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'The Old Leaven'

A Dialogue

 

Mark:

So, Maurice, you sail to-morrow, you say ?

And you may or may not return ?

Be sociable, man, for once in a way,

Unless you're too old to learn.

The shadows are cool by the water side

Where the willows grow by the pond,

And the yellow laburnum's drooping pride

Sheds a golden gleam beyond.

For the blended tints of the summer flowers,

For the scents of the summer air,

For all nature's charms in this world of ours,

'Tis little or naught you care.

Yet I know for certain you haven't stirred

Since noon from your chosen spot ;

And you've hardly spoken a single word—

Are you tired, or cross, or what ?

You're fretting about those shares you bought,

They were to have gone up fast ;

But I heard how they fell to nothing—in short,

They were given away at last.

 

Maurice:

No, Mark, I'm not so easily cross'd ;

'Tis true that I've had a run

Of bad luck lately ; indeed, I've lost !

Well ! somebody else has won.

 

Mark:

The glass has fallen, perhaps you fear

A return of your ancient stitch—

That souvenir of the Lady's Mere,

Park palings and double ditch.

 

Maurice:

You're wrong.  I'm not in the least afraid

Of that.  If the truth be told,

When the stiffness visits my shoulder-blade,

I think on the days of old ;

It recalls the rush of the freshening wind,

The strain of the chestnut springing,

And the rolling thunder of hoofs behind,

Like the Rataplan chorus ringing.

 

Mark:

Are you bound to borrow, or loth to lend ?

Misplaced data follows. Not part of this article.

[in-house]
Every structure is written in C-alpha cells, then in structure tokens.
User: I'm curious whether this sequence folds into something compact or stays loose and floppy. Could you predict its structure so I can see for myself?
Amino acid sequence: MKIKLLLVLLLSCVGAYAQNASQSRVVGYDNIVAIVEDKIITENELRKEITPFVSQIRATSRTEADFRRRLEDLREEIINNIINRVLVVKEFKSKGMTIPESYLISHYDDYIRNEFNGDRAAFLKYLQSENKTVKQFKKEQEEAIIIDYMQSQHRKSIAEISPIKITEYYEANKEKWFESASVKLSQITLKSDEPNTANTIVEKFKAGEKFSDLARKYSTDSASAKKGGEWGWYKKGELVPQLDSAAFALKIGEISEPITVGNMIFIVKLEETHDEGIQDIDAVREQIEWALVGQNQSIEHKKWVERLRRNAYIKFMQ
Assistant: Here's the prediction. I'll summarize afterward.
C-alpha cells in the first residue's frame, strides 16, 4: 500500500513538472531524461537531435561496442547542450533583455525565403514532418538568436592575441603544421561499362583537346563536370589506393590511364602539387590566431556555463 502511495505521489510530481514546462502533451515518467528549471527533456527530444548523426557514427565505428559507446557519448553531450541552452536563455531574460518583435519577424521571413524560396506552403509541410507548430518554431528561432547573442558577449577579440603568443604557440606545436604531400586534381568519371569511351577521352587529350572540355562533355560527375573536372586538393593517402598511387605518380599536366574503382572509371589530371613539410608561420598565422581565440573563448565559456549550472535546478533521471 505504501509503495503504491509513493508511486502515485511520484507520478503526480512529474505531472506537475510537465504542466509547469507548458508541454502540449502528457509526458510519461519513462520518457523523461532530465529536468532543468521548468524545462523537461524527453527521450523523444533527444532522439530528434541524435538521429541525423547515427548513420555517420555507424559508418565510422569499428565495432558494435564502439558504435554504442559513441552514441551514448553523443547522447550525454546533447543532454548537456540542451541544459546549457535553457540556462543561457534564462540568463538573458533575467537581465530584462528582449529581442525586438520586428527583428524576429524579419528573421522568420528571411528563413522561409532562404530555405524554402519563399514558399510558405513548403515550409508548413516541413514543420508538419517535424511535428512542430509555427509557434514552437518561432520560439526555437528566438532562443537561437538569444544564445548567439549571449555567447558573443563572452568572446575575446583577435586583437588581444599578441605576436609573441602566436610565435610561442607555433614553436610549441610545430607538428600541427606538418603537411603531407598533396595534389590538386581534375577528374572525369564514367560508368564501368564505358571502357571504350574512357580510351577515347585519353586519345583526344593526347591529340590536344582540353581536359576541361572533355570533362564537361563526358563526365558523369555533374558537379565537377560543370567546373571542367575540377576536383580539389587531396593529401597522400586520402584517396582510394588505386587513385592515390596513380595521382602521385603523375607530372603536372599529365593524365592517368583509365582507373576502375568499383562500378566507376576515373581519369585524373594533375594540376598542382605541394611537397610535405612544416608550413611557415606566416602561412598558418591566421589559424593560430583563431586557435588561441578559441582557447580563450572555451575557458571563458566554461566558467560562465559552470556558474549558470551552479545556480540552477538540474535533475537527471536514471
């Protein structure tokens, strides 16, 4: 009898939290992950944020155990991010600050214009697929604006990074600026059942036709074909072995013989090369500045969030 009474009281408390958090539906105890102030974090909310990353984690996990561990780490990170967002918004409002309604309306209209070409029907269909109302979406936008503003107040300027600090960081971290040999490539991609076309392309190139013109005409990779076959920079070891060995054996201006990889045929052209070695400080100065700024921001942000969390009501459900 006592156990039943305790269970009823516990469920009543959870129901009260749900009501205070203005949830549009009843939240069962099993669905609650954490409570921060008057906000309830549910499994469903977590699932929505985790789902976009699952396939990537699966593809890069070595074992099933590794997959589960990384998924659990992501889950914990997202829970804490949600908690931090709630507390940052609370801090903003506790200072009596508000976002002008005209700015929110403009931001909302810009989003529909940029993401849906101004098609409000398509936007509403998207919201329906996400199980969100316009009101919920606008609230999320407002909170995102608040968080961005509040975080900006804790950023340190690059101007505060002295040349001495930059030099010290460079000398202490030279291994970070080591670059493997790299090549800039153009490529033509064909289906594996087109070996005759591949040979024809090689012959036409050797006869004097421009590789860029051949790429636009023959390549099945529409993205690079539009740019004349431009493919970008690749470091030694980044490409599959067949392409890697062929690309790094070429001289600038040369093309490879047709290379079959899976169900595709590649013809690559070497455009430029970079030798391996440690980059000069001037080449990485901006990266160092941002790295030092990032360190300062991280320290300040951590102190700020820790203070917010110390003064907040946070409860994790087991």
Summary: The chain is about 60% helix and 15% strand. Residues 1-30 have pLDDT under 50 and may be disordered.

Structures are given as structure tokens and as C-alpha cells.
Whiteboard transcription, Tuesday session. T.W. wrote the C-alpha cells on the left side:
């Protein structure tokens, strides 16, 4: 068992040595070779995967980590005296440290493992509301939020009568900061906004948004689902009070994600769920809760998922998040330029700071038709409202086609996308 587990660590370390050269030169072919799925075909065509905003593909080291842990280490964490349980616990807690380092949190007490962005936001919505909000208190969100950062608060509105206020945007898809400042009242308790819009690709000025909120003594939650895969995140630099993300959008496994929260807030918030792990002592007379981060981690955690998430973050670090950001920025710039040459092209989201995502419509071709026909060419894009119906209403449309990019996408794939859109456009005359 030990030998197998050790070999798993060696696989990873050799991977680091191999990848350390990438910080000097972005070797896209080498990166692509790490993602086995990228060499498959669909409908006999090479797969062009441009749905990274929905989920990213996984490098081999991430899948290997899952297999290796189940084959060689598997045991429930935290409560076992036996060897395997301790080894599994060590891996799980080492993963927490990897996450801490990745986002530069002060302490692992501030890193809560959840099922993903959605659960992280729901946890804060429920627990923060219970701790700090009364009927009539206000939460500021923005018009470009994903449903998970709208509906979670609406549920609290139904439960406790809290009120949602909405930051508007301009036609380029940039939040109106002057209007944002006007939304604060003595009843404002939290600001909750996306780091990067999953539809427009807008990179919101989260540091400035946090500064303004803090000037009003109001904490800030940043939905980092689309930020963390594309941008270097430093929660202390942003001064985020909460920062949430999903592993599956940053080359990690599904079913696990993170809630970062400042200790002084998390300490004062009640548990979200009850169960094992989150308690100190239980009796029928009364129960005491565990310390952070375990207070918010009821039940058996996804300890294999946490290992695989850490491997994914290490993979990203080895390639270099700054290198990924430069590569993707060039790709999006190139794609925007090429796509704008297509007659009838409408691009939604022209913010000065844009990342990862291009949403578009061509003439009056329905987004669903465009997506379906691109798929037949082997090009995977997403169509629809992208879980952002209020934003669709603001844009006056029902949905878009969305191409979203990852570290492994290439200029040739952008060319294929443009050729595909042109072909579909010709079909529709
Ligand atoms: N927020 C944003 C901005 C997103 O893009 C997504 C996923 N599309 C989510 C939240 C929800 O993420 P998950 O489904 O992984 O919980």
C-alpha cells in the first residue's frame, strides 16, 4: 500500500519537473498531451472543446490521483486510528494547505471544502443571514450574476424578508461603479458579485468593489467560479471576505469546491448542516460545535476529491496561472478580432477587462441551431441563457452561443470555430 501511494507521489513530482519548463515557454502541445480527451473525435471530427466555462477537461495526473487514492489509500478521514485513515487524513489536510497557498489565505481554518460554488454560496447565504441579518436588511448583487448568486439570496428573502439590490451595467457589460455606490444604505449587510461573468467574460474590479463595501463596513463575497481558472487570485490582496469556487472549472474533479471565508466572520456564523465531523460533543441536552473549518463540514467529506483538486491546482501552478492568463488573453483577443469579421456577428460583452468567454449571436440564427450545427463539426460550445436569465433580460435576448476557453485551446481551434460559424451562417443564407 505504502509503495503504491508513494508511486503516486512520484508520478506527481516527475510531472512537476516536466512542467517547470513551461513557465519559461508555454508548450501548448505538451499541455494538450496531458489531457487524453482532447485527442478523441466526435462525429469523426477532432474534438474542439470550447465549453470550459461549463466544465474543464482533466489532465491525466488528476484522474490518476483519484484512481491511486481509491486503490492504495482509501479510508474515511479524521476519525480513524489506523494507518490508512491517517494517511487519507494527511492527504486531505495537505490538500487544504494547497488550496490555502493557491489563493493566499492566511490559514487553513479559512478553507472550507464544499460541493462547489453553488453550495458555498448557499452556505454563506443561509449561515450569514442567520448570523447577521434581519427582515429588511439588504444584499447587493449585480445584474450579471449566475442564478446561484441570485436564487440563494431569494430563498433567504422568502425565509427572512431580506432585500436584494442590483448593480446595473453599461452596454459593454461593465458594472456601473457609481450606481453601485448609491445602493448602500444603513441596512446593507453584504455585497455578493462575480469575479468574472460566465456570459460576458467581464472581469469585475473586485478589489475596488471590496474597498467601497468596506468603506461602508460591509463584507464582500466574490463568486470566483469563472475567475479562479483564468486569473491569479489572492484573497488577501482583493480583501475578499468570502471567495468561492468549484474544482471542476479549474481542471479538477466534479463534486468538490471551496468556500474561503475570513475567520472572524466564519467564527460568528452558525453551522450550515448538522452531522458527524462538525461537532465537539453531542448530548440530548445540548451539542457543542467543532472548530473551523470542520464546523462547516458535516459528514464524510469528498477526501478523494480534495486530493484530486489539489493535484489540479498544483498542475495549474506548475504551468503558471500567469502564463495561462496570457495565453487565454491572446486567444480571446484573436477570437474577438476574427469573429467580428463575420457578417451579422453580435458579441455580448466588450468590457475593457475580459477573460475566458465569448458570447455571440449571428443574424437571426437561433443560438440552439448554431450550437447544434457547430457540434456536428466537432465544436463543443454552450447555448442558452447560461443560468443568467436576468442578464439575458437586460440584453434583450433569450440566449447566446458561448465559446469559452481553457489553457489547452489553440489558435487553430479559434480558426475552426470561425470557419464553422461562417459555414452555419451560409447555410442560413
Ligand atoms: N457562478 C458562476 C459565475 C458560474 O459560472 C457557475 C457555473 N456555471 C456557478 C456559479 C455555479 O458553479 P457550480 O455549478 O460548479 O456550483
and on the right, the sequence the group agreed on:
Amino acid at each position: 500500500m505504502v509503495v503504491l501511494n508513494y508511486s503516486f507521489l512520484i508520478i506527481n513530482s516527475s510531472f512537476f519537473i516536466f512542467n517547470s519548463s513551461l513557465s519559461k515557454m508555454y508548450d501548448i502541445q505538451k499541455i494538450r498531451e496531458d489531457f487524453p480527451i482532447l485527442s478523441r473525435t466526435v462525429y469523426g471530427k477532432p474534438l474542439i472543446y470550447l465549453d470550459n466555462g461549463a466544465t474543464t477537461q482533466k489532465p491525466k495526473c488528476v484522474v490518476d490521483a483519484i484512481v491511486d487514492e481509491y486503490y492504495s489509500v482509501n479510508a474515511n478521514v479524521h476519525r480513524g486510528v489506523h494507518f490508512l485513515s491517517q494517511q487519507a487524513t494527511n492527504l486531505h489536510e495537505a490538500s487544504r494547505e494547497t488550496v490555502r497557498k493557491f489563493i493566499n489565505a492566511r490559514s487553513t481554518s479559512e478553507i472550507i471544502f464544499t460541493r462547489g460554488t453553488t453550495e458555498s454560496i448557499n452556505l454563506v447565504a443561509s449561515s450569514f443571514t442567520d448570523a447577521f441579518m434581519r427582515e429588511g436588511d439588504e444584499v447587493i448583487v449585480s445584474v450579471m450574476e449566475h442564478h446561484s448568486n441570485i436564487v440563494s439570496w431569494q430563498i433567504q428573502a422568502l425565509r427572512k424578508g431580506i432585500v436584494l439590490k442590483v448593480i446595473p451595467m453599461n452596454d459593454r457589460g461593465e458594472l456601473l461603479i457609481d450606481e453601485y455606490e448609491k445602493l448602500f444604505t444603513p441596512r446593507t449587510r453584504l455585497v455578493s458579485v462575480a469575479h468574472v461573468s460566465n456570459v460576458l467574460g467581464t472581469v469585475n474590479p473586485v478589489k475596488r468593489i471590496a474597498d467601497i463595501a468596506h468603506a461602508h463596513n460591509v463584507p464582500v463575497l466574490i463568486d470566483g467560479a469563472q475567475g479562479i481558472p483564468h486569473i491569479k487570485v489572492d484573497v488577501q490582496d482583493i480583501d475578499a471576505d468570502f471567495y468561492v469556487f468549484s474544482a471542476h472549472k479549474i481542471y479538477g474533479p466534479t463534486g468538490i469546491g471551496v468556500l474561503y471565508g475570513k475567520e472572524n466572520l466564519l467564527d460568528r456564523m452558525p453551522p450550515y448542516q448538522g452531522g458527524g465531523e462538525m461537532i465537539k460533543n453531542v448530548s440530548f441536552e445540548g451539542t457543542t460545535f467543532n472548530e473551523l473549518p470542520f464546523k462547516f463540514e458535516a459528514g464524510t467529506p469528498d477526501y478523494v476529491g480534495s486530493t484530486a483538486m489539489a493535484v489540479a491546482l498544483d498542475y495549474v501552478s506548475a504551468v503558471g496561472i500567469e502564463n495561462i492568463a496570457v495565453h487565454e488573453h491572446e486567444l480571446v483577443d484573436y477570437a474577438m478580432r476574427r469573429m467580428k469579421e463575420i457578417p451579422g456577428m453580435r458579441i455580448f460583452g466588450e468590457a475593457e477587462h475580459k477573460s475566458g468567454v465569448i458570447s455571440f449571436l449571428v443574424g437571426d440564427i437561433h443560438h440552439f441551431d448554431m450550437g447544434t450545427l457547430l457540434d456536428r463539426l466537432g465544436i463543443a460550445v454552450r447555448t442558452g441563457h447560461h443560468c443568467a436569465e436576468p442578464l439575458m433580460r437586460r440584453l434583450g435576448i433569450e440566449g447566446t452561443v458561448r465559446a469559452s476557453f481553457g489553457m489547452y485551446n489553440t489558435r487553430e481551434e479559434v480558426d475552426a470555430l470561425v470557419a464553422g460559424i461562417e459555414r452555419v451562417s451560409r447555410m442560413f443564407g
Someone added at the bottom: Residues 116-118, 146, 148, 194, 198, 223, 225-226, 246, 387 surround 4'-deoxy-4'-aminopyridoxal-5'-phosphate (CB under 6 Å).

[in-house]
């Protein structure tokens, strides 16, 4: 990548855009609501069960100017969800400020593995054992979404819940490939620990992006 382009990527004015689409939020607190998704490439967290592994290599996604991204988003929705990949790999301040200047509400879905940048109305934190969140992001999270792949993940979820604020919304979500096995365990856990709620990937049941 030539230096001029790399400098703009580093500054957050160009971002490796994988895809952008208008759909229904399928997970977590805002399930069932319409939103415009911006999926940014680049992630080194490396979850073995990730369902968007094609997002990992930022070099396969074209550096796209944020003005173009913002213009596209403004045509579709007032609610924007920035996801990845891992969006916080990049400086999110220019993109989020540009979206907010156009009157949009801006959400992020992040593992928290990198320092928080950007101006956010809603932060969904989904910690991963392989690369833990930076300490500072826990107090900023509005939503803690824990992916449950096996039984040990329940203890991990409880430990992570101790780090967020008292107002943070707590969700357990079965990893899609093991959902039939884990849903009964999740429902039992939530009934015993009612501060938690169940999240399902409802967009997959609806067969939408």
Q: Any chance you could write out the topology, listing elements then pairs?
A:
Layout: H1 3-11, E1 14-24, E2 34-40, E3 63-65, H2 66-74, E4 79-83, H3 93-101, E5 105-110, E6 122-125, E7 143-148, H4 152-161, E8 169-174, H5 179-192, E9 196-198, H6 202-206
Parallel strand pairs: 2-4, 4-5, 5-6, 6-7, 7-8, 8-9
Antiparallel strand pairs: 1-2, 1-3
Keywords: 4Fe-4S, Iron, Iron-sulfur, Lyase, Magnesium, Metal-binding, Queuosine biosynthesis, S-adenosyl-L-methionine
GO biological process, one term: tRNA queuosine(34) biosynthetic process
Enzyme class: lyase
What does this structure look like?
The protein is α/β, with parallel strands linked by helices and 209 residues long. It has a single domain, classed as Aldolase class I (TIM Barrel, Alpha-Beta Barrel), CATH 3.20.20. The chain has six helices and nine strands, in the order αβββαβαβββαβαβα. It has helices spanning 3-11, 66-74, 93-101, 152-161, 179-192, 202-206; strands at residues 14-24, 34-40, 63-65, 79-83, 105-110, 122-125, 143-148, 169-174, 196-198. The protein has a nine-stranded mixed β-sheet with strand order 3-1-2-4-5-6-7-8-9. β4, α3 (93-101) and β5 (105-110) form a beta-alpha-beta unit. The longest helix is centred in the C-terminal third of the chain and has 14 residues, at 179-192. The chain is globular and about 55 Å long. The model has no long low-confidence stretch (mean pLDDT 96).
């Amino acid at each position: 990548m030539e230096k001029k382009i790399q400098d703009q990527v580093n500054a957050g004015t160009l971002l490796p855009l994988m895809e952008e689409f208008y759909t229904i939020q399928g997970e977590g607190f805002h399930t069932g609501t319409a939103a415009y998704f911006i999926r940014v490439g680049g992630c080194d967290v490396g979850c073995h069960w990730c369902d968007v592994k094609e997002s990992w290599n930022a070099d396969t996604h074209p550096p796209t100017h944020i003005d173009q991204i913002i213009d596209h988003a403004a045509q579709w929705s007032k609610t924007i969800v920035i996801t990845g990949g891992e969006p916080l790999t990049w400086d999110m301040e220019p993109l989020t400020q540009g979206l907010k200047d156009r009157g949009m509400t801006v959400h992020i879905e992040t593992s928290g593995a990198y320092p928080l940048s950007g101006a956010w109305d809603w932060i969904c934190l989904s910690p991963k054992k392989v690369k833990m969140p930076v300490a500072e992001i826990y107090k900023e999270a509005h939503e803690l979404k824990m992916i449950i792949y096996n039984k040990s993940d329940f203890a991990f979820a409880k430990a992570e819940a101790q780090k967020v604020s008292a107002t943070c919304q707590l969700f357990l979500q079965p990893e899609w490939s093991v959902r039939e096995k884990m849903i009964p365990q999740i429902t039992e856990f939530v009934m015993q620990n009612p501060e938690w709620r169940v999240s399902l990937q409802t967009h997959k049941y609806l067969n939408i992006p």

Have you purchased another screw ?

Or backed a bill for another friend ?

Or had a bad night at loo?

 

Maurice:

Not one of those, you're all in the dark,

If you choose you can guess again ;

But you'd better give over guessing, Mark,

It's only labour in vain.

 

Mark:

I'll try once more ; does it plague you still,

That trifle of lead you carry ?

A guest that lingers against your will,

Unwelcome, yet bound to tarry.

 

Maurice:

Not so !  That burden I'm used to bear,

'Tis seldom it gives me trouble ;

And to earn it as I did then and there,

I'd carry a dead weight double.

A shock like that for a splintered rib

Can a thousand-fold repay—

As the swallow skims through the spider's web,

We rode through their ranks that day !

 

Mark:

Come, Maurice, you shan't escape me so !

I'll hazard another guess :

That girl that jilted you long ago,

You're thinking of her, confess!

 

Maurice:

Tho' the blue lake flush'd with a rosy light,

Reflected from yonder sky,

Might conjure a vision of Aphrodite

To a poet's or painter's eye ;

Tho' the golden drop, with its drooping curl,

Between the water and wood,

Hangs down like the tress of a wayward girl

In her dreamy maidenhood :

Such boyish fancies seem out of date

To one half inclined to censure

Their folly, and yet—your shaft flew straight,

Though you drew your bow at a venture.

I saw my lady the other night

In the crowded opera hall,

When the boxes sparkled with faces bright,

I knew her amongst them all.

Tho' little for these things now I reck,

I singled her from the throng

By the queenly curves of her head and neck,

By the droop of her eyelash long.

Oh ! passionless, placid, and calm, and cold,

Does the fire still lurk within

That lit her magnificent eyes of old,

And coloured her marble skin ?

For a weary look on the proud face hung,

While the music clash'd and swell'd,

And the restless child to the silk skirt clung